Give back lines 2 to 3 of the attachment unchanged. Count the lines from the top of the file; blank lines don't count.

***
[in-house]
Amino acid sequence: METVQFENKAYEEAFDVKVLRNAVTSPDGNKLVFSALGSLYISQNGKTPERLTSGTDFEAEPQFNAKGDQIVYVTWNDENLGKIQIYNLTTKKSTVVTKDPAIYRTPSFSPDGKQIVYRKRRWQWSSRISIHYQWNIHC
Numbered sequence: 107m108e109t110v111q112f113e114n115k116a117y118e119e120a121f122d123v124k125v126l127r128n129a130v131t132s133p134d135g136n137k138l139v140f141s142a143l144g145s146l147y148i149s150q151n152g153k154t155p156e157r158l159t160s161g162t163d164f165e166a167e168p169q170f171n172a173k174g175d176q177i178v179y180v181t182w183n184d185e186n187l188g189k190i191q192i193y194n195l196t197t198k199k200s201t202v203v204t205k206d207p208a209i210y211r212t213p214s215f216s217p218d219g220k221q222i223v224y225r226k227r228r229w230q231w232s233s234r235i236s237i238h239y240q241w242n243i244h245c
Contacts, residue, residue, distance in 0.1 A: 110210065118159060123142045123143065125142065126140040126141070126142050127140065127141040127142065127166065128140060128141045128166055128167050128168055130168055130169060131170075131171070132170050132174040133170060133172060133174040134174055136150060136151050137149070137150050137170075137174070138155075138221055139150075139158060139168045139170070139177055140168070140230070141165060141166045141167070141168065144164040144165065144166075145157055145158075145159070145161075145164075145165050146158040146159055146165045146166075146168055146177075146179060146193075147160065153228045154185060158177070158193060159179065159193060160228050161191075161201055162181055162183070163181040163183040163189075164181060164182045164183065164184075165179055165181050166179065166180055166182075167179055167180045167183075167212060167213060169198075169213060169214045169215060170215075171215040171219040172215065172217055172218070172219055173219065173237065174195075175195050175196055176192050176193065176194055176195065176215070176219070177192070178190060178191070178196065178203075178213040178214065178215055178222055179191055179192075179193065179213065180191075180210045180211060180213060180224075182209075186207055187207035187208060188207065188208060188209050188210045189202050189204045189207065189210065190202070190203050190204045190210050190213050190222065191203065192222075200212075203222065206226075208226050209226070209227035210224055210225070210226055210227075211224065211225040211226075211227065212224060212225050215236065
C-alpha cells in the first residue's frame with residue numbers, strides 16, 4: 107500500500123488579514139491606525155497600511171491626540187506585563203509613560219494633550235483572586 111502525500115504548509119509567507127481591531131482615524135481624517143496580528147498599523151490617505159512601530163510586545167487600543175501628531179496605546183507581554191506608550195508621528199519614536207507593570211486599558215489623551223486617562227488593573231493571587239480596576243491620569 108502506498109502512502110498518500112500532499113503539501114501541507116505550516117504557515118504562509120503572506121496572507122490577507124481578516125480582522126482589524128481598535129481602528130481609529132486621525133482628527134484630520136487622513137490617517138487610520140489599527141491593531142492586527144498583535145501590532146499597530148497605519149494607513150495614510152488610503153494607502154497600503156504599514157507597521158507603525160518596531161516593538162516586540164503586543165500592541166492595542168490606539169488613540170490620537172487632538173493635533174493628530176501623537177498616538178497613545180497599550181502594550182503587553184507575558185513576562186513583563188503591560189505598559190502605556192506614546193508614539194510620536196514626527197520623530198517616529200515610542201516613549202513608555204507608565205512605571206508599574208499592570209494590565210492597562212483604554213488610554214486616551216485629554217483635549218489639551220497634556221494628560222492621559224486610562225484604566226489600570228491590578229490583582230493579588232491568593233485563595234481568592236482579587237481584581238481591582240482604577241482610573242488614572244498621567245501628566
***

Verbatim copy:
Amino acid sequence: METVQFENKAYEEAFDVKVLRNAVTSPDGNKLVFSALGSLYISQNGKTPERLTSGTDFEAEPQFNAKGDQIVYVTWNDENLGKIQIYNLTTKKSTVVTKDPAIYRTPSFSPDGKQIVYRKRRWQWSSRISIHYQWNIHC
Numbered sequence: 107m108e109t110v111q112f113e114n115k116a117y118e119e120a121f122d123v124k125v126l127r128n129a130v131t132s133p134d135g136n137k138l139v140f141s142a143l144g145s146l147y148i149s150q151n152g153k154t155p156e157r158l159t160s161g162t163d164f165e166a167e168p169q170f171n172a173k174g175d176q177i178v179y180v181t182w183n184d185e186n187l188g189k190i191q192i193y194n195l196t197t198k199k200s201t202v203v204t205k206d207p208a209i210y211r212t213p214s215f216s217p218d219g220k221q222i223v224y225r226k227r228r229w230q231w232s233s234r235i236s237i238h239y240q241w242n243i244h245c